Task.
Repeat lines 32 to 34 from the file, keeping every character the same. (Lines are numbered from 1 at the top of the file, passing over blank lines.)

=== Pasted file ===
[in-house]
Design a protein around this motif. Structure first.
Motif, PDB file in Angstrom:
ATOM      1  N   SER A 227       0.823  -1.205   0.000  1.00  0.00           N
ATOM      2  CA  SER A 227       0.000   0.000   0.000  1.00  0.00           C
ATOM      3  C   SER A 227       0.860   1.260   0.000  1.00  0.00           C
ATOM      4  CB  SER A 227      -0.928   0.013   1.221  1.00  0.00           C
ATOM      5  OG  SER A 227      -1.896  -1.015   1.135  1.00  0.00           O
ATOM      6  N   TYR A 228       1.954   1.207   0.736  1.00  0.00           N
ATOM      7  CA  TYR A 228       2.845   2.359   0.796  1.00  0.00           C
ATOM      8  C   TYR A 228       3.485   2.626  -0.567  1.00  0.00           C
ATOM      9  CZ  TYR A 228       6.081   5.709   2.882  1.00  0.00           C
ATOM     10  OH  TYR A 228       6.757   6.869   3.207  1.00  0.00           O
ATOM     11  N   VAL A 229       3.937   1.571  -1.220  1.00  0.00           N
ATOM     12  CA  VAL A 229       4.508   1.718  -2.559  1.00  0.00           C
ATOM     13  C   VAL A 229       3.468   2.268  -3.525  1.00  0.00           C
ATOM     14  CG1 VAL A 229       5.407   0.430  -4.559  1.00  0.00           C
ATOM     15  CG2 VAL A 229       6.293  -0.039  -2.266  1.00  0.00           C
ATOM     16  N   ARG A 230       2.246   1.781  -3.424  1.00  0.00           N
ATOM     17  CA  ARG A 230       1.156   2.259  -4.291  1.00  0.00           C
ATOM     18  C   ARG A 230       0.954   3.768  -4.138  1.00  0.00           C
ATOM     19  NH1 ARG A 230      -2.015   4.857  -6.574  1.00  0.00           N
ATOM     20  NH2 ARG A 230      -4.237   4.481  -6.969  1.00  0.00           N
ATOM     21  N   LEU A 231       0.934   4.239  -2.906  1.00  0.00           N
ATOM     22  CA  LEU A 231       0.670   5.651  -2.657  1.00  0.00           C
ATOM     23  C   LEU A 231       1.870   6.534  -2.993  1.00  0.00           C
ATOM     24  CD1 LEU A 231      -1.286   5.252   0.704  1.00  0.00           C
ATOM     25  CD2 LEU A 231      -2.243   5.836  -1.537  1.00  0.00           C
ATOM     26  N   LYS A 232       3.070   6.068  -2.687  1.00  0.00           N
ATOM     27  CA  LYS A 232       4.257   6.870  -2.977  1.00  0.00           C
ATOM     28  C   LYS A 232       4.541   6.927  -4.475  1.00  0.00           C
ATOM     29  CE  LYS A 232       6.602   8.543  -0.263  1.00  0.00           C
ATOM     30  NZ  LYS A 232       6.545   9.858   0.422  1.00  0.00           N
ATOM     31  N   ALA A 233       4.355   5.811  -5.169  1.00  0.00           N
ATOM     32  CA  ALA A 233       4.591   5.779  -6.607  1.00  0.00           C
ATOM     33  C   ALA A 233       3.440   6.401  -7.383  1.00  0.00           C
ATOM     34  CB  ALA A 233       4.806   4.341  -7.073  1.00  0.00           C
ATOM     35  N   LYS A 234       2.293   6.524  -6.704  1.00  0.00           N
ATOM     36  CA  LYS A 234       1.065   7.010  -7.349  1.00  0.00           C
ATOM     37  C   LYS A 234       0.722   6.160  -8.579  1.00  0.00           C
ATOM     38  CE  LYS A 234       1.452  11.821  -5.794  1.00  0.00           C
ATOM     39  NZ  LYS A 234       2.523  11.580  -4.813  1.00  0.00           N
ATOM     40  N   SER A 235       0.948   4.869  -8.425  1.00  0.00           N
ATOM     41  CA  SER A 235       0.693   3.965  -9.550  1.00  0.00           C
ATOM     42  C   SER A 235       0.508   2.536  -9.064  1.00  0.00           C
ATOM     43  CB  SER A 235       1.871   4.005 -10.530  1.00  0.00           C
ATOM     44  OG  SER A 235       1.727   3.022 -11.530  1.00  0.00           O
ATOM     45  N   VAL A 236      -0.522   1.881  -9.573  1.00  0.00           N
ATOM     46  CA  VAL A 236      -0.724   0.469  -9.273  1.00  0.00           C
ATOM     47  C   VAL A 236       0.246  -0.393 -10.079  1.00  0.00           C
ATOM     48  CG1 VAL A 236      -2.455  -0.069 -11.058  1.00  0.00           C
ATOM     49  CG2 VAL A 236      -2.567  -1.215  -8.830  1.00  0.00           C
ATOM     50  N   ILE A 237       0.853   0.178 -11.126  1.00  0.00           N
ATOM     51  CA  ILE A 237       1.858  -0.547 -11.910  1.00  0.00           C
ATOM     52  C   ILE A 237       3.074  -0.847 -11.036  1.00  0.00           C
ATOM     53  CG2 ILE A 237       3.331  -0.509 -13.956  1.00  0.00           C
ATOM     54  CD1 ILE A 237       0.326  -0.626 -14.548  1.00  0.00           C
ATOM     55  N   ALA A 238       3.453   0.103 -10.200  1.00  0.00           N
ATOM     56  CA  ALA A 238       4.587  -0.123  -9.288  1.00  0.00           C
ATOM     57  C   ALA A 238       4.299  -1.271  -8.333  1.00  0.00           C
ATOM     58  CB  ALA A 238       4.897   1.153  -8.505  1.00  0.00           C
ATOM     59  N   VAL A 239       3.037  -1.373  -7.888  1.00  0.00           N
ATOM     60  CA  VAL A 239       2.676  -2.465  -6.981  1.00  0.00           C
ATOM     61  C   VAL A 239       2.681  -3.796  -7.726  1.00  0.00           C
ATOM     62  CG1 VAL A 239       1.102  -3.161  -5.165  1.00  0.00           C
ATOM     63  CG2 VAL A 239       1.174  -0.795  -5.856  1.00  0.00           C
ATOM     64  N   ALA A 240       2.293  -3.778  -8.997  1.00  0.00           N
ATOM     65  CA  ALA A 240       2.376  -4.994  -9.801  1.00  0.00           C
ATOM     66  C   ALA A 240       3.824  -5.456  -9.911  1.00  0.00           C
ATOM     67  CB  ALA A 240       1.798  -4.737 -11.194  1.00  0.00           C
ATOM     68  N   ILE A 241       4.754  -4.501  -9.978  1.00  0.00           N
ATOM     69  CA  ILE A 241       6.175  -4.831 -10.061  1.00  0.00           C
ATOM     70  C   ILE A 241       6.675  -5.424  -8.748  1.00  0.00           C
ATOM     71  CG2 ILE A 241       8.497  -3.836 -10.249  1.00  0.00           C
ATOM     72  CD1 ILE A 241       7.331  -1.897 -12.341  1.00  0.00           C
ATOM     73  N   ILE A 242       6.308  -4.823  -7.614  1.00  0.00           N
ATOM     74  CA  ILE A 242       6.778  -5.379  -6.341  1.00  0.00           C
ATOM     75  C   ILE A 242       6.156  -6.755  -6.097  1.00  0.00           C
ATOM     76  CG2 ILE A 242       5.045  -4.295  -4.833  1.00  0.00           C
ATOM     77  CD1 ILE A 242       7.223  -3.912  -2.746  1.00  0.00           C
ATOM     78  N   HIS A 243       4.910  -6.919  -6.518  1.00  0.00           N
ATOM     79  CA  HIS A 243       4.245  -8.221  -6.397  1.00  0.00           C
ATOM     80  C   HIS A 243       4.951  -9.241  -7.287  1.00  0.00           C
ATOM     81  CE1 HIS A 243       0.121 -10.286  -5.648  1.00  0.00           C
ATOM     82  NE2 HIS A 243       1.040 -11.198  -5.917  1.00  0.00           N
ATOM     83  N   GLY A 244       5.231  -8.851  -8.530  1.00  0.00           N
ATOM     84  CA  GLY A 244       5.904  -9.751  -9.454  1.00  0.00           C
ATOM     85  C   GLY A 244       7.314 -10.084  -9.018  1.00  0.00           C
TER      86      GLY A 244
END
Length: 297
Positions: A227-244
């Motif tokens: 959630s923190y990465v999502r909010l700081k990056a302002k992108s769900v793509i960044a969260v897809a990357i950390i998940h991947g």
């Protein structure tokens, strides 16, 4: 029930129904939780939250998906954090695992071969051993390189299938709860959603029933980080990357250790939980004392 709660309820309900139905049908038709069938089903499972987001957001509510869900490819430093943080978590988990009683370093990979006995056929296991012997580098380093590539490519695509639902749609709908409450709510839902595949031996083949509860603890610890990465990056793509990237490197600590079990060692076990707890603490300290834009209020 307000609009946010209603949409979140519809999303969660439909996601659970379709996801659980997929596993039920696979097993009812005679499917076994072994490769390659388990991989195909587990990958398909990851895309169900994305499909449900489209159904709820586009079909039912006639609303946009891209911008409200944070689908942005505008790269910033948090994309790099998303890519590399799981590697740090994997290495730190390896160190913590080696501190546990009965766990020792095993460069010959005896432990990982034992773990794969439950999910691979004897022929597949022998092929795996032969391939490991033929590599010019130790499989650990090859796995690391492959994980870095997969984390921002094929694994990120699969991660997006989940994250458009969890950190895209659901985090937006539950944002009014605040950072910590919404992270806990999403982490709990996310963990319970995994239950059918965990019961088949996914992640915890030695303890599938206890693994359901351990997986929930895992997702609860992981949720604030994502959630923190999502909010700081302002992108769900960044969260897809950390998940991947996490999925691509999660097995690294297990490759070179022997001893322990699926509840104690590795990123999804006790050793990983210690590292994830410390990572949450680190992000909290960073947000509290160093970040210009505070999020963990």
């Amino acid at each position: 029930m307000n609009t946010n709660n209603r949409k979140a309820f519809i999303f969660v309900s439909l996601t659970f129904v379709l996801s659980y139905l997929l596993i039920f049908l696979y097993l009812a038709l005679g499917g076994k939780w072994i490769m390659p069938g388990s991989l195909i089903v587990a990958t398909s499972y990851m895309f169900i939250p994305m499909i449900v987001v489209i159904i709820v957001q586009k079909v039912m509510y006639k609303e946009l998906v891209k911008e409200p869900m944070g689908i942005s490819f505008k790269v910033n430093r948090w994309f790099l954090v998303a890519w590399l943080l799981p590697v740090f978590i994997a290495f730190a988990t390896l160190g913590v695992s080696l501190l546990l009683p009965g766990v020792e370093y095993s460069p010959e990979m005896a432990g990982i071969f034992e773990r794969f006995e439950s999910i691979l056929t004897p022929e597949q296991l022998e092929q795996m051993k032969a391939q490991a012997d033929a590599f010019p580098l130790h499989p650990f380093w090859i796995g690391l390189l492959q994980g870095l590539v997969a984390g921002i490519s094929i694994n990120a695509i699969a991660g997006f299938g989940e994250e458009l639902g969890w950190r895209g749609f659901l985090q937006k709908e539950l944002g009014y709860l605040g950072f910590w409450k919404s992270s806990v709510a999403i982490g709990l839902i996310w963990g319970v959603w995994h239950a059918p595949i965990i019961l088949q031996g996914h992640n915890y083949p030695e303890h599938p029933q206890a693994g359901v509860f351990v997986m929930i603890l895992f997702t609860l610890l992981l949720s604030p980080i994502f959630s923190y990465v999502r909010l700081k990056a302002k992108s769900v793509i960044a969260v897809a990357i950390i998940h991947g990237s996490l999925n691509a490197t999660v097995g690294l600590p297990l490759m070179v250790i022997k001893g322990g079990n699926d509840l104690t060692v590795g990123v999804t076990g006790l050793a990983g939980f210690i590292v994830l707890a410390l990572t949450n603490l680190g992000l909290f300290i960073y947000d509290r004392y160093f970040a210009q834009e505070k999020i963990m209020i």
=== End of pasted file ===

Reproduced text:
ATOM     29  CE  LYS A 232       6.602   8.543  -0.263  1.00  0.00           C
ATOM     30  NZ  LYS A 232       6.545   9.858   0.422  1.00  0.00           N
ATOM     31  N   ALA A 233       4.355   5.811  -5.169  1.00  0.00           N